Millions of records of customer data were breached last week after hackers penetrated the email system of a direct marketing vendor also used by some of the nation’s largest charities.
It’s unclear whether any nonprofits were affected by the breach, however, Epsilon, the online, email marketing division of Dallas-based Alliance Data Systems (ADS), issued a statement. An incident was detected on Thursday “where a subset of clients’ customer data were exposed by an unauthorized entry into its email system.” The information obtained was limited to email addresses and customer names only. “A rigorous assessment determined that no other personal, identifiable information associated with those names was at risk. A full investigation is underway.”
Several large corporations — including Best Buy, TiVo and Walgreen, Kroger and JP Morgan Chase — alerted customers to the breach but whether or not some nonprofits’ data were breached remains unclear. “As we conduct a thorough investigation and cooperate with authorities, we are unable to comment any further,” said Jessica Simon, an Epsilon spokesperson said, unable to confirm whether any impacted clients were nonprofits. In a press release April 4, Epsilon estimated approximately 2 percent of its total clients were affected and is a subset of those clients that use Epsilon’s email services.
Among Epsilon’s nonprofit clients are the San Diego Zoo, Save the Children, March of Dimes Foundation and The Smithsonian. Westport, Conn.-based Save the Children Federation in 2008 spent some $808,000 with the firm for fundraising counsel. Last year, the firm won a Gold MAXI Award from the Direct Marketing Association of Washington for Save the Children’s Special Gifts Summer Challenge Appeal. Save the Children was contacted by Epsilon in the days after the breach to confirm that their data had not involved in the breach.
The Smithsonian in Washington, D.C., spent $2.2 million, according to its tax forms, for direct mail acquisition, retention and donation programs and Epsilon has run the membership program for 35 years for the San Diego Zoo, its longest tenured client. Contacted by Epsilon on Monday morning, the San Diego Zoo (SDZ) had not been compromised. “It looks like we have not been affected by this disruption and have been assured by Epsilon that our data was on a different server than the affected one,” said SDZ spokesperson Yabira Galindo.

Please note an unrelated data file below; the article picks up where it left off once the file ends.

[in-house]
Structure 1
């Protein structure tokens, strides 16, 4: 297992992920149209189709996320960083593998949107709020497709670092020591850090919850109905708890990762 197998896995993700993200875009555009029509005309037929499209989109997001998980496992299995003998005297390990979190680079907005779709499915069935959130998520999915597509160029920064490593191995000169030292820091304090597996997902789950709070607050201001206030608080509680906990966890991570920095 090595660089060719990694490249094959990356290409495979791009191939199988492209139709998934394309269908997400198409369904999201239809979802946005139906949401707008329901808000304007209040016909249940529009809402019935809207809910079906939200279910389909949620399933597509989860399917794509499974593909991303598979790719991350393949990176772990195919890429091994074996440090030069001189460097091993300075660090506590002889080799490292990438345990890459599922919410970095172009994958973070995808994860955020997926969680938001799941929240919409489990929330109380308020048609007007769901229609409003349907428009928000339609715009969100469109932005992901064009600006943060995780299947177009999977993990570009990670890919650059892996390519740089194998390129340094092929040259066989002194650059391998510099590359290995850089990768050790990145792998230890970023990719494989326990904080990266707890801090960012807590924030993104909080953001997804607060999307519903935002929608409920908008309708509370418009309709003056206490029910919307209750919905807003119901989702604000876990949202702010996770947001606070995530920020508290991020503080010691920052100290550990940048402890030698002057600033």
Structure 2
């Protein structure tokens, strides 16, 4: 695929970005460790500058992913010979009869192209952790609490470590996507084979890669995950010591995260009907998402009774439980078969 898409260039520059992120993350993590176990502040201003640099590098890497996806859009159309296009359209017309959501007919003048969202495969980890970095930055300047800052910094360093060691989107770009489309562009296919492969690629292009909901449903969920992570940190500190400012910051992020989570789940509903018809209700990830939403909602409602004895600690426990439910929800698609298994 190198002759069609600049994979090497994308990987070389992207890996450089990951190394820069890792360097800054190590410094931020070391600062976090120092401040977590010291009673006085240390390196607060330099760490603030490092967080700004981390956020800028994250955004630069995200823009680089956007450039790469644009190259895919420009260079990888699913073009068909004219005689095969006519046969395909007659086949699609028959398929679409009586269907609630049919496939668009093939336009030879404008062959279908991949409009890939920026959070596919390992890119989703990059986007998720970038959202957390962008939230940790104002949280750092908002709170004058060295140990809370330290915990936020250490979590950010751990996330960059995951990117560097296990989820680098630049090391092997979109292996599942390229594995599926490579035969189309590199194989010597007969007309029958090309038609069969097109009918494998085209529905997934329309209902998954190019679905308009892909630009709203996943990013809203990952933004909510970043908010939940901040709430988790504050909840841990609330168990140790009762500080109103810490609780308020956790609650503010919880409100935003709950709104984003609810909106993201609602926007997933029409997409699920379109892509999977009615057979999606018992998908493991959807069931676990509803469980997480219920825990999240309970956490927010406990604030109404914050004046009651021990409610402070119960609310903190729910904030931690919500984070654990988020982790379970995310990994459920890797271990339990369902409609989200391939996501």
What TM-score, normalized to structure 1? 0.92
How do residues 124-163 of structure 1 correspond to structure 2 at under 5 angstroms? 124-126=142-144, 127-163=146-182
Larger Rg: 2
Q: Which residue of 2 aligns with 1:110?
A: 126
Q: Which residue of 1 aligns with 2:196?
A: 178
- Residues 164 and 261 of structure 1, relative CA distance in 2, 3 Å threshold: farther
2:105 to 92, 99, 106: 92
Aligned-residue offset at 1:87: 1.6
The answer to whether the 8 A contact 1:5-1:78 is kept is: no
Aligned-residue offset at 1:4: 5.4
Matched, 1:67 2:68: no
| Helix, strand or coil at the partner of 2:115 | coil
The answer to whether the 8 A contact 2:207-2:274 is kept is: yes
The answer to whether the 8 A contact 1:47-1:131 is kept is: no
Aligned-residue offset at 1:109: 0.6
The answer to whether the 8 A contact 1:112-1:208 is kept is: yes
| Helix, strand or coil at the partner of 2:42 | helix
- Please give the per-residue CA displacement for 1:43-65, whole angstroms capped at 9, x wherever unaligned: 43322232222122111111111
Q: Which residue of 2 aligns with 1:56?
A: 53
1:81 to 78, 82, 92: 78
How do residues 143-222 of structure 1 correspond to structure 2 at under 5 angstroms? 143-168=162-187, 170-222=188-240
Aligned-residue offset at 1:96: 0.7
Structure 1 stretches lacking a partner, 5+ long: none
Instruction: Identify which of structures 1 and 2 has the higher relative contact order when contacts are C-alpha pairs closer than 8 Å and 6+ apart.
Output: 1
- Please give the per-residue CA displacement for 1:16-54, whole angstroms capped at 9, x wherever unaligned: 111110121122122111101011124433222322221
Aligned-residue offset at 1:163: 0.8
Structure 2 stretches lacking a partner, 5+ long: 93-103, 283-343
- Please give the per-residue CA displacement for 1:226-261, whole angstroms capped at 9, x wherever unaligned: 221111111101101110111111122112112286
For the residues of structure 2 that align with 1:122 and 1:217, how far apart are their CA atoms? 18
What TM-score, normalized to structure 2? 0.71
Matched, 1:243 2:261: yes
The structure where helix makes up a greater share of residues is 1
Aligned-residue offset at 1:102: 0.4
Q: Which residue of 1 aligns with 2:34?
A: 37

The University of Texas MD Anderson Cancer Center, in Houston, was alerted about the breach on April 1 via a press release by ADS. Spokesperson Sarah Watson said the data firm has no contact with the hospital’s constituents via email so there was no information to take.
March of Dimes last year spent $2.2 million with Epsilon on “data processing,” according to its tax forms. The White Plains, N.Y.-based charity uses the firm for email deployment marketing campaigns and confirmed that it was unaffected by the breach, receiving notice from Epsilon by email late Friday night.
Best Buy Tweeted a link to its statement about the breach on Sunday morning and others warned their customers that they may receive phishing scam emails as a result of the breach, which is likely to affect millions of customers.
Epsilon was trending as the seventh most popular topic on Twitter Monday morning. Shares of ADS dipped in early trading this morning, down as much as 5 percent within the first hour that markets opened. ADS acquired Epsilon in fall 2004 for $300 million.
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